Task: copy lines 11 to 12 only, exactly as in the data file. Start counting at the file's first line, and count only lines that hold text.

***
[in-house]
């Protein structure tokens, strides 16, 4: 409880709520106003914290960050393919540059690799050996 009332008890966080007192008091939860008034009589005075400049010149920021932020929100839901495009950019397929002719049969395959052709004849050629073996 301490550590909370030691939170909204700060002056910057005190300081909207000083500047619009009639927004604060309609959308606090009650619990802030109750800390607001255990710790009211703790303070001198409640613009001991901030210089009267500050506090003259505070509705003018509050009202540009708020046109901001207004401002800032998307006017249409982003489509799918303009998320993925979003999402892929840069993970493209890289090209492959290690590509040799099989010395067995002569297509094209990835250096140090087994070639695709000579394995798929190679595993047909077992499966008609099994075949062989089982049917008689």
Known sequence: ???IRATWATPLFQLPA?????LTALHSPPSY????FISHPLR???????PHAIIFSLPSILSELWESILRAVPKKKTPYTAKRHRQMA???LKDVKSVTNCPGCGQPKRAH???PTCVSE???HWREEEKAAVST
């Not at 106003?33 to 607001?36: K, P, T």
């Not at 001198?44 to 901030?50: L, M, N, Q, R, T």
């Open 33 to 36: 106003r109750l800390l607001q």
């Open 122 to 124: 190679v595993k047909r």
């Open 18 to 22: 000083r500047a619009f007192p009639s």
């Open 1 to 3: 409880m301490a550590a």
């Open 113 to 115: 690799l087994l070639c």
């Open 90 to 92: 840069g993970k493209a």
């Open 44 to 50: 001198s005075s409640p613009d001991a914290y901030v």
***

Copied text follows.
């Open 90 to 92: 840069g993970k493209a």
């Open 44 to 50: 001198s005075s409640p613009d001991a914290y901030v």